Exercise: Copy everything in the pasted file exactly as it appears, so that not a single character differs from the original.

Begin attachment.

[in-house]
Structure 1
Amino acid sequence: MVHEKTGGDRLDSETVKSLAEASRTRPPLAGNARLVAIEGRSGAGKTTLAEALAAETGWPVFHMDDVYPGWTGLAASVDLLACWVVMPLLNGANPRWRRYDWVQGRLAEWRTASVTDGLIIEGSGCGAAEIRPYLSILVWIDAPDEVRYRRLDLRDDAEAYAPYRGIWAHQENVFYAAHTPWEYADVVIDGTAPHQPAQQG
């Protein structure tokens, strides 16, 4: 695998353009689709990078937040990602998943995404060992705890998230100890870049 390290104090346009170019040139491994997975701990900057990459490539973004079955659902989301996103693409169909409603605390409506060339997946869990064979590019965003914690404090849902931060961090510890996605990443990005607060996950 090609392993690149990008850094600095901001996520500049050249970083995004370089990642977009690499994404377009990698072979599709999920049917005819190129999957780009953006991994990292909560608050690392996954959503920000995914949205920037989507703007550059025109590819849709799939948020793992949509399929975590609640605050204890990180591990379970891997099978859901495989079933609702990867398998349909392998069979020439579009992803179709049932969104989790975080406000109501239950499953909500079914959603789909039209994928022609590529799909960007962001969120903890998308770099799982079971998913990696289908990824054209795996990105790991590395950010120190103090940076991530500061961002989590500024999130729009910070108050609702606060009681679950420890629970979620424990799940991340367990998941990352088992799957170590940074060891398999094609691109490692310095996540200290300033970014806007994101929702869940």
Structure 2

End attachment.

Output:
[in-house]
Structure 1
Amino acid sequence: MVHEKTGGDRLDSETVKSLAEASRTRPPLAGNARLVAIEGRSGAGKTTLAEALAAETGWPVFHMDDVYPGWTGLAASVDLLACWVVMPLLNGANPRWRRYDWVQGRLAEWRTASVTDGLIIEGSGCGAAEIRPYLSILVWIDAPDEVRYRRLDLRDDAEAYAPYRGIWAHQENVFYAAHTPWEYADVVIDGTAPHQPAQQG
């Protein structure tokens, strides 16, 4: 695998353009689709990078937040990602998943995404060992705890998230100890870049 390290104090346009170019040139491994997975701990900057990459490539973004079955659902989301996103693409169909409603605390409506060339997946869990064979590019965003914690404090849902931060961090510890996605990443990005607060996950 090609392993690149990008850094600095901001996520500049050249970083995004370089990642977009690499994404377009990698072979599709999920049917005819190129999957780009953006991994990292909560608050690392996954959503920000995914949205920037989507703007550059025109590819849709799939948020793992949509399929975590609640605050204890990180591990379970891997099978859901495989079933609702990867398998349909392998069979020439579009992803179709049932969104989790975080406000109501239950499953909500079914959603789909039209994928022609590529799909960007962001969120903890998308770099799982079971998913990696289908990824054209795996990105790991590395950010120190103090940076991530500061961002989590500024999130729009910070108050609702606060009681679950420890629970979620424990799940991340367990998941990352088992799957170590940074060891398999094609691109490692310095996540200290300033970014806007994101929702869940």
Structure 2